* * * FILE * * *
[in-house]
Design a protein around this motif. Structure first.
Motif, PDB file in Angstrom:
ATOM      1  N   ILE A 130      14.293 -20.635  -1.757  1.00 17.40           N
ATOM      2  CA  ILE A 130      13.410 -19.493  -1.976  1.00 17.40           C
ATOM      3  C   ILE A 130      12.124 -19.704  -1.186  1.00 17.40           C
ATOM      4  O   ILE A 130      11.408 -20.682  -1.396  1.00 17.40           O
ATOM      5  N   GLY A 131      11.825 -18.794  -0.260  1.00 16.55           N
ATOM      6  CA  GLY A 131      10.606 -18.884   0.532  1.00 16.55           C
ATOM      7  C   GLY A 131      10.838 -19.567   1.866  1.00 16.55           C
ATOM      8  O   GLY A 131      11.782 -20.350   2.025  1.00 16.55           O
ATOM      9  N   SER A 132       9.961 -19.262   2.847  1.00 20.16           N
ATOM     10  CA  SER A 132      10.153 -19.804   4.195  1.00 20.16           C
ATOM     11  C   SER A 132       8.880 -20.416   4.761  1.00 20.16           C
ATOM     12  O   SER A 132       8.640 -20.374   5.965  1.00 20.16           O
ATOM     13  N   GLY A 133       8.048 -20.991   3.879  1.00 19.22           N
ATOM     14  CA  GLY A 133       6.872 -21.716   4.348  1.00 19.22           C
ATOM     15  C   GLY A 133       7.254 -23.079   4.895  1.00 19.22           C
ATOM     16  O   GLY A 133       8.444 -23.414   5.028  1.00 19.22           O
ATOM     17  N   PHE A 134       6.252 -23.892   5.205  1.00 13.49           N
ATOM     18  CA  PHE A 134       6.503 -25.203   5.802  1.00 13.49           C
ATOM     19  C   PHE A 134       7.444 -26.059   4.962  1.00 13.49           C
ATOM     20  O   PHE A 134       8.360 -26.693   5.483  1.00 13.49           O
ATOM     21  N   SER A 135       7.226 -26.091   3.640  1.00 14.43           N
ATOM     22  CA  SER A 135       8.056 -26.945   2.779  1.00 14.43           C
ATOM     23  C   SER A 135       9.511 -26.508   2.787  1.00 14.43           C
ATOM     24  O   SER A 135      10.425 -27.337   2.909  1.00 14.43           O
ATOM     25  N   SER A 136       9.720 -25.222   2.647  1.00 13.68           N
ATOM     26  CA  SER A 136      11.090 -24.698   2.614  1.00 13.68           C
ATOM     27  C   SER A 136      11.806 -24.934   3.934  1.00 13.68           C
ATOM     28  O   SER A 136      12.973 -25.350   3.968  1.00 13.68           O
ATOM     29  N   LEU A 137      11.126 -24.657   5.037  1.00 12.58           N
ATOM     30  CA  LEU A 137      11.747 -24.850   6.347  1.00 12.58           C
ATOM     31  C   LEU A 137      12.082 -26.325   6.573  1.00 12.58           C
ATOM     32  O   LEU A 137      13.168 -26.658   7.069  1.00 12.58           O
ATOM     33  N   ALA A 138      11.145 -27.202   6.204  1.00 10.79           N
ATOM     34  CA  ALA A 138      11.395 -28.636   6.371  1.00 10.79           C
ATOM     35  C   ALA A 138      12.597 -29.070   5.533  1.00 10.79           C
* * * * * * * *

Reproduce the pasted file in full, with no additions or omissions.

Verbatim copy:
[in-house]
Design a protein around this motif. Structure first.
Motif, PDB file in Angstrom:
ATOM      1  N   ILE A 130      14.293 -20.635  -1.757  1.00 17.40           N
ATOM      2  CA  ILE A 130      13.410 -19.493  -1.976  1.00 17.40           C
ATOM      3  C   ILE A 130      12.124 -19.704  -1.186  1.00 17.40           C
ATOM      4  O   ILE A 130      11.408 -20.682  -1.396  1.00 17.40           O
ATOM      5  N   GLY A 131      11.825 -18.794  -0.260  1.00 16.55           N
ATOM      6  CA  GLY A 131      10.606 -18.884   0.532  1.00 16.55           C
ATOM      7  C   GLY A 131      10.838 -19.567   1.866  1.00 16.55           C
ATOM      8  O   GLY A 131      11.782 -20.350   2.025  1.00 16.55           O
ATOM      9  N   SER A 132       9.961 -19.262   2.847  1.00 20.16           N
ATOM     10  CA  SER A 132      10.153 -19.804   4.195  1.00 20.16           C
ATOM     11  C   SER A 132       8.880 -20.416   4.761  1.00 20.16           C
ATOM     12  O   SER A 132       8.640 -20.374   5.965  1.00 20.16           O
ATOM     13  N   GLY A 133       8.048 -20.991   3.879  1.00 19.22           N
ATOM     14  CA  GLY A 133       6.872 -21.716   4.348  1.00 19.22           C
ATOM     15  C   GLY A 133       7.254 -23.079   4.895  1.00 19.22           C
ATOM     16  O   GLY A 133       8.444 -23.414   5.028  1.00 19.22           O
ATOM     17  N   PHE A 134       6.252 -23.892   5.205  1.00 13.49           N
ATOM     18  CA  PHE A 134       6.503 -25.203   5.802  1.00 13.49           C
ATOM     19  C   PHE A 134       7.444 -26.059   4.962  1.00 13.49           C
ATOM     20  O   PHE A 134       8.360 -26.693   5.483  1.00 13.49           O
ATOM     21  N   SER A 135       7.226 -26.091   3.640  1.00 14.43           N
ATOM     22  CA  SER A 135       8.056 -26.945   2.779  1.00 14.43           C
ATOM     23  C   SER A 135       9.511 -26.508   2.787  1.00 14.43           C
ATOM     24  O   SER A 135      10.425 -27.337   2.909  1.00 14.43           O
ATOM     25  N   SER A 136       9.720 -25.222   2.647  1.00 13.68           N
ATOM     26  CA  SER A 136      11.090 -24.698   2.614  1.00 13.68           C
ATOM     27  C   SER A 136      11.806 -24.934   3.934  1.00 13.68           C
ATOM     28  O   SER A 136      12.973 -25.350   3.968  1.00 13.68           O
ATOM     29  N   LEU A 137      11.126 -24.657   5.037  1.00 12.58           N
ATOM     30  CA  LEU A 137      11.747 -24.850   6.347  1.00 12.58           C
ATOM     31  C   LEU A 137      12.082 -26.325   6.573  1.00 12.58           C
ATOM     32  O   LEU A 137      13.168 -26.658   7.069  1.00 12.58           O
ATOM     33  N   ALA A 138      11.145 -27.202   6.204  1.00 10.79           N
ATOM     34  CA  ALA A 138      11.395 -28.636   6.371  1.00 10.79           C
ATOM     35  C   ALA A 138      12.597 -29.070   5.533  1.00 10.79           C